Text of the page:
Cyber Security Update 2017

“the price of data freedom is eternal vigilance”1

2017 started with a bang for the cyber security threat outlook.

On January 2, Donald Trump told reporters at a function in Florida when asked a question about alleged Russian hacking;
“…If you have something really important, write it out and have it delivered by courier, the old fashioned way, because I’ll tell you what, no computer is safe. I don’t care what they say, I’m telling you, no computer is safe…”2

Was Trump right? Is it really that bad? Was Trump exaggerating? Have hacking and ransomware become the ‘new normal’? Is the cyber threat only relevant for governments and large corporations? (answers: yes, yes, no3, yes, and no).

Security vendor Trend Micro has released a number of key reports analysing cyber threat incidents in 2016 and 2017, with some alarming facts4:

  • 2016 was an unprecedented year for cybersecuritythreats, particularly for enterprises.
  • ransomware spiked 752% in 2016.
  • Email is the #1 infection vector for malware. Spamremained the top ransomware vector, accounting for 79% of attacks. These spam emails contain malware-infected attachments and URL links.
  • Business email compromise (BEC) is a major source of breaches, yielding huge profits for cybercriminals.

You may think that hackers and cyber criminals won’t really be interested in the data from a small medical practice. Think again:
“The healthcare sector has been the industry with the highest number of data breaches, followed by the government and retail sectors…”5

In the report, The Next Tier; Trend Micro Security Predictions for 2017, cyber criminals are predicted to ’double up’ on profit taking:
“…ransomware will become an increasingly commonplace component of data breaches. Cybercriminals will first steal confidential data to sell in underground markets, then install ransomware to hold data servers hostage, doubling their profit.”6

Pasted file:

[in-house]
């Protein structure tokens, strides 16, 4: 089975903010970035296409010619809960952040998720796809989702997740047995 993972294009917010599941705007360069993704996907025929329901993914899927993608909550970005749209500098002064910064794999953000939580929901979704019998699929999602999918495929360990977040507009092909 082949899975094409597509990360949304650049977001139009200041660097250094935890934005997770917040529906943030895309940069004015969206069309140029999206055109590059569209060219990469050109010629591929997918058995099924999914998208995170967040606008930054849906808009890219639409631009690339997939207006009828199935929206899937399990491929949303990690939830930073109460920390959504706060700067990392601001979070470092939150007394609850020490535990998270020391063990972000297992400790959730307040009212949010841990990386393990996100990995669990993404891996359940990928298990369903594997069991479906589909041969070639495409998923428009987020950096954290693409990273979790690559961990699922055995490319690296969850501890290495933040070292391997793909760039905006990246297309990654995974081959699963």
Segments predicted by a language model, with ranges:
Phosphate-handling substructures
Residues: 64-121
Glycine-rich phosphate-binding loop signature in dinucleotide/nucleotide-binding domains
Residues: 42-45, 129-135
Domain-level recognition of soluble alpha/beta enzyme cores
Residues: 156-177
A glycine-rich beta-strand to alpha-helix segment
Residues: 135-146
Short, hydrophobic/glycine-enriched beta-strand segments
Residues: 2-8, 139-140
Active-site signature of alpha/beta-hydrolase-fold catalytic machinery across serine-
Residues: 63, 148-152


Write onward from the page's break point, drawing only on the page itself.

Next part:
Security vendor Webroot also confirms the bad news on ransomware, with Hal Lonas, Chief Technical Officer, commenting that, “we can see how ransomware is rewriting all the rules”, and “the bad guys used to want your data because it was valuable to them. If [they] could get your credit card number or your identity or a secret from your company, [they] could go sell that.” When asked what makes ransomware different, Lonas said: “The interesting thing about ransomware is that criminals are now saying, ‘Your data is valuable not to me, the bad guy, but to you. How much is your data worth to you?’

They’re betting that you don’t have any backup and protection in place, so their angle is to take your data and hold it for ransom until you decide what the value is, and then you pay them.”… 7

Australian healthcare organisations are already aware of regulatory and compliance requirements. These requirements will increase with the passage of the Privacy Amendment (Notifiable Data Breaches) Bill 2016 on 13 February 2017 by the Senate, with the new provisions expected to come into force in 2018 (or earlier if by proclamation)8

With these very real risks to data security and the increasing burden of responsibility placed on practice principals, directors and practice managers,9 what can you do to mitigate the risks?

The Office of the Australian Information Commissioner (OAIC) website10, has a number of excellent resources, including the Guide to securing personal information; ‘Reasonable Steps’ to protect personal information.11 Compare your data security practices against the ‘reasonable steps’ described here by the OAIC, because the OAIC will refer to this guide in data breach investigations.